Those who rose up in opposition to her were the re-elected Governor John Winthrop and John Cotton, who feared Anne was becoming a church separatist. Both sent female spies to her sermons.
Cotton gathered with other colony clergy to pass resolutions designed to end religious dissidence. One resolution specifically forbade meetings in Anne’s home – but Anne ignored the order.
HERETIC ANNE HUTCHINSON
In 1637 Anne – several months into a pregnancy – was called to appear before the General Court, with Winthrop presiding and Cotton testifying against her.
A debate over the next two days saw Anne performing well before the group of men when challenged on Biblical prowess, but her final argument sealed her fate. It was a lengthy statement of her philosophy and history, an account of speaking directly with God that concluded with a prophecy of the ruin of the court and the colony in retribution for their persecution of Anne. The men saw this as a challenge to their authority.
Anne was proclaimed a heretic. She and her family were banished from the colony and any supporters in positions of authority were removed. All supporters were forced to surrender arms.
Anne remained under house arrest until winter ended. In March 1638 the Hutchinson family, along with 30 other families, left for the island of Aquidneck in the Rhode Island territory at the suggestion of Roger Williams, where they founded Portsmouth.
The men of the Massachusetts Colony didn’t stop trying to harm Anne’s reputation.
After her pregnancy ended in June with the stillbirth of a severely deformed baby, rumors were spread that Anne had given birth to a demon, spurred on by Winthrop. Cotton preached that the stillbirth was her punishment from God.
The defamation went beyond her own labor. One minister claimed Hutchinson had never delivered a normal baby as a midwife, that all were monsters. Governor Winthrop offered physical descriptions of many babies supposedly born to Anne’s followers as devil-like, clawed creatures.
ANNE HUTCHINSON’S FINAL YEARS
After William’s death in 1642, ministers from Massachusetts were dispatched to force Anne to renounce her beliefs and coerce her into believing that Massachusetts would soon take over the Rhode Island territory.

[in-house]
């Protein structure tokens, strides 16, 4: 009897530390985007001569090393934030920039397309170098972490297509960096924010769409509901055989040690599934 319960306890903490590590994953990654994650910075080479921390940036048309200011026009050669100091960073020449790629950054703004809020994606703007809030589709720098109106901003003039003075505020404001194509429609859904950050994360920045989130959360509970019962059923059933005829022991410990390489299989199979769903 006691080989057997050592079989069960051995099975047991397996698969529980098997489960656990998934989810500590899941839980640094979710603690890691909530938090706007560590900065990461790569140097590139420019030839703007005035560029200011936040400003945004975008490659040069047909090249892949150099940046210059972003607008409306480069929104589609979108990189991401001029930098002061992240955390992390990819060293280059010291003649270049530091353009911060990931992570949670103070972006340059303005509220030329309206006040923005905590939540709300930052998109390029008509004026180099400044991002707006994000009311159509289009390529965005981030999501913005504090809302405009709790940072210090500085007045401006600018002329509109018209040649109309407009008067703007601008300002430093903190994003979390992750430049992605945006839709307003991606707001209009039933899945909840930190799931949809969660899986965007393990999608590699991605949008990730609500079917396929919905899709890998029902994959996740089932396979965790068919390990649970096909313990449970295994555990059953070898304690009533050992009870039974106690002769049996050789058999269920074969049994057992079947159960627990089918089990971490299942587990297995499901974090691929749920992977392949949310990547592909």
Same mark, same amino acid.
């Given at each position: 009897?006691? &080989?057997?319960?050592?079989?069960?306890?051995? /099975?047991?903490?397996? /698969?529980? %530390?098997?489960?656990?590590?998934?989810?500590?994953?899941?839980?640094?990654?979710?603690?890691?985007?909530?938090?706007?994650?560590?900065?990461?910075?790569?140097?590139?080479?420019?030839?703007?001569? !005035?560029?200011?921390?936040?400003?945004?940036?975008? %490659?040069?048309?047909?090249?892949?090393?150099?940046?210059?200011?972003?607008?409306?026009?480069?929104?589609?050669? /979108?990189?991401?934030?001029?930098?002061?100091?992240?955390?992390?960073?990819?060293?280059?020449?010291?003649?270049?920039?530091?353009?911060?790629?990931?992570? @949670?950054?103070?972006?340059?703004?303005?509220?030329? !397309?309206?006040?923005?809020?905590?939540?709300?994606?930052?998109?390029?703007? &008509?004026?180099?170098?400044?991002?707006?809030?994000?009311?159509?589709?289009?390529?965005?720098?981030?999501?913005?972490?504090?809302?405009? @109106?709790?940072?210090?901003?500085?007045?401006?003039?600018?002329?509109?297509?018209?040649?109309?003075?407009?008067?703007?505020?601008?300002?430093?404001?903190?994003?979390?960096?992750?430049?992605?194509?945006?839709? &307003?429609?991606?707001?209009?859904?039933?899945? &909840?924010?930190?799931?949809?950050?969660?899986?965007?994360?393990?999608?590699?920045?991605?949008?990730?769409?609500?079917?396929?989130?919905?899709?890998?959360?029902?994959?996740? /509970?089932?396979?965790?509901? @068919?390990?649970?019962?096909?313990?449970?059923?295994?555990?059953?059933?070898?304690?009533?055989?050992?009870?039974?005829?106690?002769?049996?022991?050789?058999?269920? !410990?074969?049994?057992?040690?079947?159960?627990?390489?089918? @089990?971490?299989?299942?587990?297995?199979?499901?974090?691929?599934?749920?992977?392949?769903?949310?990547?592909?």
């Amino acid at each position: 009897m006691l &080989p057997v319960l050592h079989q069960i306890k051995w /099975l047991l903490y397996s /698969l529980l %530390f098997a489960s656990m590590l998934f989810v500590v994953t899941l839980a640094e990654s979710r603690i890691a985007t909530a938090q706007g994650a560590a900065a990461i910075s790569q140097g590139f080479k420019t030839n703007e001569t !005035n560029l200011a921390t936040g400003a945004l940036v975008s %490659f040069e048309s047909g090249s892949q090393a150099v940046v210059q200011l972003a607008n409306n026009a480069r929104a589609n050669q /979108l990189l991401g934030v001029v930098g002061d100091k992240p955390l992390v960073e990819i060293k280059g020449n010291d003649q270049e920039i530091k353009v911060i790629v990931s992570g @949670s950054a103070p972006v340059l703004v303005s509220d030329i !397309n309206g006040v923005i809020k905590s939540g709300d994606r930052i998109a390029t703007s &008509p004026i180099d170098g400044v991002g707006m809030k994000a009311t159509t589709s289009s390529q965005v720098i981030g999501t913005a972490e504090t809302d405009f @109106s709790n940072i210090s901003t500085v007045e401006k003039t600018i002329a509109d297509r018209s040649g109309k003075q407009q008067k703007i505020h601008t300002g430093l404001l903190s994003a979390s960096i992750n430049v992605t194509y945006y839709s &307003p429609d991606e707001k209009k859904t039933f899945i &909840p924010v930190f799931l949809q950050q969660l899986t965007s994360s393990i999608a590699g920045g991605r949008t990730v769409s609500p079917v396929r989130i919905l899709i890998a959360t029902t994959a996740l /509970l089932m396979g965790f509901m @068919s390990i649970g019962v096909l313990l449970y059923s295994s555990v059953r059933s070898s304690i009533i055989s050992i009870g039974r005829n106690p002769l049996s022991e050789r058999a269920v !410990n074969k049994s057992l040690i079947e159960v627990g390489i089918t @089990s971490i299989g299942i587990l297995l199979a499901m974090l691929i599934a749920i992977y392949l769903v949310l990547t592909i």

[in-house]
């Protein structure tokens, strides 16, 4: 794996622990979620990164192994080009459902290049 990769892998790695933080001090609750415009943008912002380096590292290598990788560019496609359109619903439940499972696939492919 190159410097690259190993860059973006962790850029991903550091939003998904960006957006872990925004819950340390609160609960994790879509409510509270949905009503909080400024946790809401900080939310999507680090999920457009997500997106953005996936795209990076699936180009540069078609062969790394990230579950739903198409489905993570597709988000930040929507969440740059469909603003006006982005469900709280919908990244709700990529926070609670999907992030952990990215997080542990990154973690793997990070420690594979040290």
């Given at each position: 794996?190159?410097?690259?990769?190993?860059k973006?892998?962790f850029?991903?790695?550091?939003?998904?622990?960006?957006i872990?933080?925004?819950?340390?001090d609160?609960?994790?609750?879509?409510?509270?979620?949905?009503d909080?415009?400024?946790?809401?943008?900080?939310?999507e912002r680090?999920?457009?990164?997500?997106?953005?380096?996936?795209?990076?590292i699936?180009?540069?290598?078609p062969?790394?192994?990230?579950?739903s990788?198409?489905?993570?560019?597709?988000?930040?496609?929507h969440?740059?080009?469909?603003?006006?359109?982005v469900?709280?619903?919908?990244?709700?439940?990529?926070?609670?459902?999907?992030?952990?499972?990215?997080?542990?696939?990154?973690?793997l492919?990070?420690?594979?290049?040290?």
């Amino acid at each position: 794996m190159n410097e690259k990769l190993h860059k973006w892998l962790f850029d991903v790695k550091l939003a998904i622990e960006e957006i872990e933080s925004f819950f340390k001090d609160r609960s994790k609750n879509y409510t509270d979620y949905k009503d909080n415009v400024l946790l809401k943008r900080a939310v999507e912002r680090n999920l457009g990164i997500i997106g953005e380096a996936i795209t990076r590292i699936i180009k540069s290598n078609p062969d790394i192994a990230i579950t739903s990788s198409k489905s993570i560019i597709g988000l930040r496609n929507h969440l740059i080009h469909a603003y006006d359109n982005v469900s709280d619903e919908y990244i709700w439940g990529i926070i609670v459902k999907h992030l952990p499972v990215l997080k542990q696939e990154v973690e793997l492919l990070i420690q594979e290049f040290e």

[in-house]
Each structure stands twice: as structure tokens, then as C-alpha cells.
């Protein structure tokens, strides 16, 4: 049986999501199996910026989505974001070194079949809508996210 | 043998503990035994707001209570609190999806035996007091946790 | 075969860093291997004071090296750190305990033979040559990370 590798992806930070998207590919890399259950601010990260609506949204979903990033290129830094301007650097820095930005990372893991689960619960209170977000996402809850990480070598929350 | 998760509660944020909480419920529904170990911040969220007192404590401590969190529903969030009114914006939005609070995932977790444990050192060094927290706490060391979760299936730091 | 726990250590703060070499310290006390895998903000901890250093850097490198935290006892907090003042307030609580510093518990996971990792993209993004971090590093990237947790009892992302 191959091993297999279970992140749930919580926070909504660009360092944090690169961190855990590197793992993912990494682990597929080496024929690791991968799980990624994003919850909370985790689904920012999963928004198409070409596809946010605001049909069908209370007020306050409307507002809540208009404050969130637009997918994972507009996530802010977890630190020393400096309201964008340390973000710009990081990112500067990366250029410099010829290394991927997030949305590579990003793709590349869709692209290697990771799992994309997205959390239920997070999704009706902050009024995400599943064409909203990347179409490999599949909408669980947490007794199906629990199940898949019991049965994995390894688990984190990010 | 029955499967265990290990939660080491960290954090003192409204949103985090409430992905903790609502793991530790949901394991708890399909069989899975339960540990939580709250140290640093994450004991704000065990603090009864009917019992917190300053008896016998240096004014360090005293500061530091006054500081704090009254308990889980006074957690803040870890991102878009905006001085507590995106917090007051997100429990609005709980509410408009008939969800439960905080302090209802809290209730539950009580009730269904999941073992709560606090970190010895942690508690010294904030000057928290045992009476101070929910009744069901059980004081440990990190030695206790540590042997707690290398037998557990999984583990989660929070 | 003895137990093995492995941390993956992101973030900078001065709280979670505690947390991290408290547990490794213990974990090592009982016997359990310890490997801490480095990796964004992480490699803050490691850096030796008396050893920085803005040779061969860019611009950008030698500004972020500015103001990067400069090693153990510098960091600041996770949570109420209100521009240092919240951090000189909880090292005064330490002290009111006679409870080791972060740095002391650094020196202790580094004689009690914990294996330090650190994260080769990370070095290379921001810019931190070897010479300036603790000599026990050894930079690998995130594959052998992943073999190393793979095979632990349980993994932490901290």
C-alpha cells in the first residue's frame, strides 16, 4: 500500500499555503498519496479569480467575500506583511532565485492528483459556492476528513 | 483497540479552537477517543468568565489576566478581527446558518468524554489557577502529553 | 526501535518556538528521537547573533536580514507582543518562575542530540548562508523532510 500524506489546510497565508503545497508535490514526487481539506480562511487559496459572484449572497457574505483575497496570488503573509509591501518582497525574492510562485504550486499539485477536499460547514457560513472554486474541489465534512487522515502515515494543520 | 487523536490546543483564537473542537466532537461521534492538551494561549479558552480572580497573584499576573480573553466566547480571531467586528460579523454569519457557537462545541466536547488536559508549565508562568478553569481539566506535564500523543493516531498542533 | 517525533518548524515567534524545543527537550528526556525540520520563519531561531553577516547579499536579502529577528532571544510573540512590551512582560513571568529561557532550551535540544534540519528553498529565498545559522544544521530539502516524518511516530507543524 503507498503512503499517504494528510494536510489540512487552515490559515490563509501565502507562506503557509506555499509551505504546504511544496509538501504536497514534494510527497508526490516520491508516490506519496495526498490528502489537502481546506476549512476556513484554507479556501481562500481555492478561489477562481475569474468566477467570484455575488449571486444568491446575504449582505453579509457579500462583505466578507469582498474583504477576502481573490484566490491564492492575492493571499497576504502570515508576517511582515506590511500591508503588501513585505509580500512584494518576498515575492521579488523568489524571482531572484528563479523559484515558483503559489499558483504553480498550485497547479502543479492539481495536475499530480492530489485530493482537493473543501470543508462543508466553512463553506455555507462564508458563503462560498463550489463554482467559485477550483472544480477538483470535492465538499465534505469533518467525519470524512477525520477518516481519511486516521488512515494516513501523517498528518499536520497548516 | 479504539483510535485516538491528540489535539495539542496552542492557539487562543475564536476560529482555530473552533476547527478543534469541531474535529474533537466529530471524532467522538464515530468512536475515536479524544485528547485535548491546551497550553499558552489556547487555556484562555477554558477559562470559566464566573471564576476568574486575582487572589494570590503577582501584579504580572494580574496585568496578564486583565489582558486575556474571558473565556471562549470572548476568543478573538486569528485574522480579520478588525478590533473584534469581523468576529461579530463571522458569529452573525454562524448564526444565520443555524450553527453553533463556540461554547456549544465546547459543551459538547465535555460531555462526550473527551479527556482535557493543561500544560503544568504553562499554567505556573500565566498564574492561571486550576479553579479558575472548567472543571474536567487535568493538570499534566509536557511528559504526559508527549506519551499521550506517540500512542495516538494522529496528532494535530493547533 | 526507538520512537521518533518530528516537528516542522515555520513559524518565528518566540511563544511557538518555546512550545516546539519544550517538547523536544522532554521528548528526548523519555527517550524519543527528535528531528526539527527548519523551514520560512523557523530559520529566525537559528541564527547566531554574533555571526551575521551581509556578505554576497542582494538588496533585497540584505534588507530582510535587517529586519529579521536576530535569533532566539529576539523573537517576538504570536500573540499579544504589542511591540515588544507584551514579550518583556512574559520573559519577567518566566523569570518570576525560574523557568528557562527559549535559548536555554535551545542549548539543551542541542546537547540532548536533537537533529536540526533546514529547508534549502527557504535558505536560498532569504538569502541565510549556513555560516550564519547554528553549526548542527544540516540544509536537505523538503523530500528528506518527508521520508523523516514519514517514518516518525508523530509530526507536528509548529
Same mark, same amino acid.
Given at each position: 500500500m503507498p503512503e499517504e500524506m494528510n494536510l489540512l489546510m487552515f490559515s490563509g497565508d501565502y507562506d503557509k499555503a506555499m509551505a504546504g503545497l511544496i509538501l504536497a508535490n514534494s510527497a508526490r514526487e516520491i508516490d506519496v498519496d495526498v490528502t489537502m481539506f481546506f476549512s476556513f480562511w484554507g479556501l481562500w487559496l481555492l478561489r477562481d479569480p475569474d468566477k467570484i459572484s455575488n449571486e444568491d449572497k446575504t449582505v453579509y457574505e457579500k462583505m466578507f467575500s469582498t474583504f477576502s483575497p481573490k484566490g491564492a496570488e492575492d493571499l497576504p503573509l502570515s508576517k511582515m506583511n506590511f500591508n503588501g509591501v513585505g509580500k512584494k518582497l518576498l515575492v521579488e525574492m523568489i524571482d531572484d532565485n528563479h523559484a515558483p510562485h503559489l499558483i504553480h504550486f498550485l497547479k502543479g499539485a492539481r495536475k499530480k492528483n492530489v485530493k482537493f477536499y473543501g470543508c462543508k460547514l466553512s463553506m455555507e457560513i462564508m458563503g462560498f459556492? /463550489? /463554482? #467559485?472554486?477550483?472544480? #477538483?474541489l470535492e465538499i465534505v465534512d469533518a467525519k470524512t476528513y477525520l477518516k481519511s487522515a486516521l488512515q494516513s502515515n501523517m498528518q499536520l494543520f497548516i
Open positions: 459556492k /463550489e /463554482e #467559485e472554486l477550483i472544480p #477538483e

Wishing to escape Massachusetts’ meddling, Anne and her children moved to the Dutch colony of New Amsterdam (now New York City), homesteading on Long Island Sound.
One afternoon in the summer of 1643, Anne’s family was attacked by Native American Siwanoy warriors at their home. Fifteen people including Anne were axed to death, their bodies burned.
Hearing of Anne’s death, John Winthrop, who had never stopped monitoring Anne’s movements, expressed that his prayers had been answered and that an instrument of the devil had been dealt with justly.
Even after her death, he held a grudge against her and later wrote a hostile essay about Anne, calling her “American Jezebel.”
At the time of the attack, Anne’s nine-year-old daughter Susan was picking berries and hid behind a boulder. She was later taken captive by the Siwanoy and adopted by the chief, Wampage, who renamed himself ‘Anne-Hoeck,’ in Anne’s honor.
Susan remained with the Siwanoy for another nine years, eventually returning to Boston and marrying a settler there.
HUTCHINSON RIVER PARKWAY
In memory of Anne Hutchinson and Wampage, a neighboring parcel of land was given the name “Anne-Hoeck’s Neck.”
The adjacent river was christened the Hutchinson River, later joined by a major New York City-area highway next to it called the Hutchinson River Parkway.
American Jezebel. Eve LaPlante.
America’s Women. Gail Collins.
America’s Hidden History. Kenneth C. Davis.